Vascular Plants of North Carolina
Account for Southern Seaside Goldenrod - Solidago mexicana   L.
Members of Asteraceae:
Members of Solidago with account distribution info or public map:
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Section 6 » Family Asteraceae
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DistributionNote that S. sempervirens has recently been split into two species, and the one present over nearly all of the NC coast is now S. mexicana; the other species is more northerly, south only to Cape Hatteras. S. mexicana occurs in the Outer Coastal Plain, Outer Banks, and other barrier islands.

Coastal Plain, southeastern MA to southern FL, southern TX; Mex.; W.I.
AbundanceCommon to locally abundant in tidal regions along the coast, and around the inner portions of sounds and embayed rivers. This species is not in the NCNHP database or in BONAP; the website editors consider it has a State Rank of S5 and a Global Rank of G5 as well.
HabitatBrackish marshes, freesh-tidal marshes, interdune swales, wet maritime grasslands, roadside ditches near the coast. This is one of the most often seen members of the aster family in estuarine habitats.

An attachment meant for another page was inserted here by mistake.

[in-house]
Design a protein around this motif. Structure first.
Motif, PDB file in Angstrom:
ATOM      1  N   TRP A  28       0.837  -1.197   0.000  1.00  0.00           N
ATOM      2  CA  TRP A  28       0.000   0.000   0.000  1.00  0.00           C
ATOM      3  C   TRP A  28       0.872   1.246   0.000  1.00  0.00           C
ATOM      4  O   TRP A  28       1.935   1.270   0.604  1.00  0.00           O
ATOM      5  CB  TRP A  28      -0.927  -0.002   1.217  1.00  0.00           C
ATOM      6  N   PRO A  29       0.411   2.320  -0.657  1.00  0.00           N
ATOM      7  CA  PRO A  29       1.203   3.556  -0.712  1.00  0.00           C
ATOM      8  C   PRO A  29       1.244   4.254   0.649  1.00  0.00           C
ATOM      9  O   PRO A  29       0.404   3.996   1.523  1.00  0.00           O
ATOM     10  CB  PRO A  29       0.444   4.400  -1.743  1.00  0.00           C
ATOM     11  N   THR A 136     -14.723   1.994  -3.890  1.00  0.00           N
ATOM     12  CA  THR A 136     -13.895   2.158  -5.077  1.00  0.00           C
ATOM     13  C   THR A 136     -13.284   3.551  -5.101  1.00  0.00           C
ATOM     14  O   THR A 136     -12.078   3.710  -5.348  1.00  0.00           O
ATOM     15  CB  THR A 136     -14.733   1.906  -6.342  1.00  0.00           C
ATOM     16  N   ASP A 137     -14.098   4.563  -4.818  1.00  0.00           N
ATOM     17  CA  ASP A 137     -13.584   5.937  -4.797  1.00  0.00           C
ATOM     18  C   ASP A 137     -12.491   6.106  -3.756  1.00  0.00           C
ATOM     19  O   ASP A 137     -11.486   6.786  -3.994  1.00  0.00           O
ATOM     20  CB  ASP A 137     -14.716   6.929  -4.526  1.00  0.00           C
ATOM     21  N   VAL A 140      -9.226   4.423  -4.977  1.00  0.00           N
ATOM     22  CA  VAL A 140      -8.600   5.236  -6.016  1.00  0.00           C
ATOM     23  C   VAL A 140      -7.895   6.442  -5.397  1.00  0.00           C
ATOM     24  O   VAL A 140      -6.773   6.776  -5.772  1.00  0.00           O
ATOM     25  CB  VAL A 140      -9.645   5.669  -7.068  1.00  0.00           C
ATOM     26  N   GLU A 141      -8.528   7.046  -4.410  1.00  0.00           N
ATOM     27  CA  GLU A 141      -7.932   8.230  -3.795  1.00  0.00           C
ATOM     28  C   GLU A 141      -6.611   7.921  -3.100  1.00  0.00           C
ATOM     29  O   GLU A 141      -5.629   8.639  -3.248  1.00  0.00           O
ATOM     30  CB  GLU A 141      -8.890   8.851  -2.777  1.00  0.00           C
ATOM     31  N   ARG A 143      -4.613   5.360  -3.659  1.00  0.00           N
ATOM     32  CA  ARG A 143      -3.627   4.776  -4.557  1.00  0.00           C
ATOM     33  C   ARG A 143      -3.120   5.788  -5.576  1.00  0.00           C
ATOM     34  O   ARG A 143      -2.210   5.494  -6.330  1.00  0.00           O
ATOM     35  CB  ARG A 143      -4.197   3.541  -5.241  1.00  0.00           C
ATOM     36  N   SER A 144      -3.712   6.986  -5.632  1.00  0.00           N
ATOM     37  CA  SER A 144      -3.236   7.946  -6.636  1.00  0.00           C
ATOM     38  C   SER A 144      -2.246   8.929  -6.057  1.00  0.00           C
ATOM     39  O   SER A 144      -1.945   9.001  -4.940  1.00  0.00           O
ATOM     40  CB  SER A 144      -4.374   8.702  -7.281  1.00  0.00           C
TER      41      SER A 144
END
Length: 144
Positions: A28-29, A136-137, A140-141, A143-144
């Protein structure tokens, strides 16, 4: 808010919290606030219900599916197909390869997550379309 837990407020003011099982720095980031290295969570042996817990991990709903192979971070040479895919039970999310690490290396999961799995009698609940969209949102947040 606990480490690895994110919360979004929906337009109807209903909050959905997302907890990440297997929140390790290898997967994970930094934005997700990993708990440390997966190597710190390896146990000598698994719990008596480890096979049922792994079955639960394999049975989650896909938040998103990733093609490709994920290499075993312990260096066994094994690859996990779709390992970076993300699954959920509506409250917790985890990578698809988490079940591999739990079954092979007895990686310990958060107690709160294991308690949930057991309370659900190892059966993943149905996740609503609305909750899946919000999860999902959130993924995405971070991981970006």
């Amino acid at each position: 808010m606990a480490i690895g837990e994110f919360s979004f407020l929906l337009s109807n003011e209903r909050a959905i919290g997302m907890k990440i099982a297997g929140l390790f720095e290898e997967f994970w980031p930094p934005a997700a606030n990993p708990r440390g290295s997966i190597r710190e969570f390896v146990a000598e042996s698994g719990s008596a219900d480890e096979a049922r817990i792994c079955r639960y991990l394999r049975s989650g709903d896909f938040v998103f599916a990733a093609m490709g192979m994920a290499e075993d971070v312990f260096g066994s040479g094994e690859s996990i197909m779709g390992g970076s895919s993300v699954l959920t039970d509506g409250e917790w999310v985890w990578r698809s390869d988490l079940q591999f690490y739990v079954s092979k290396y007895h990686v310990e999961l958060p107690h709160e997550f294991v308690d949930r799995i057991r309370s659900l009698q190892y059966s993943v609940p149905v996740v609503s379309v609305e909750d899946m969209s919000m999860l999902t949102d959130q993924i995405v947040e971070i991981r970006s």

PhenologyFlowering and fruiting late August-November.
IdentificationThis species grows 3-6 feet tall and often has several stems in a bunch. The stem and leaves are glabrous. Leaves are numerous, lance-shape, untoothed, succulent (fleshy to the touch), and taper-pointed; the middle and upper ones are strongly ascending to erect, while lower ones may be rather spreading. The inflorescence has widely spreading branches, and heads grow only on one side. It is distinguished from the very similar S. sempervirens by an erect habit, less succulent foliage, widely spreading inflorescence branches, and habitat preference. Weakley (2018) also notes that this species has the larger leaves less than 3 cm wide, whereas S. sempervirens has larger leaves greater than 3 cm wide; and this species has flowers with only 7-11 rays, versus 12-17 rays in the other species. The Outer Banks lie in the zone of overlap, and occasional plants are difficult to tell apart.
Taxonomic CommentsSome authors treat it as a variety or subspecies of S. sempervirens. Most references did not or do not split out the two taxa at all and just list S. sempervirens.

Other Common Name(s)None. Of course, most references simply call it as Seaside Goldenrod, but because there are now two such species, each needs a modifier name -- Southern in this species.
State Rank[S5]
Global Rank[G5?]
State Status
US Status
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B.A. SorrieDare County, same data. DareBIUPhoto_natural
B.A. SorrieDare County, 2013, Nags Head Woods, marsh at soundside. DareBIUPhoto_natural
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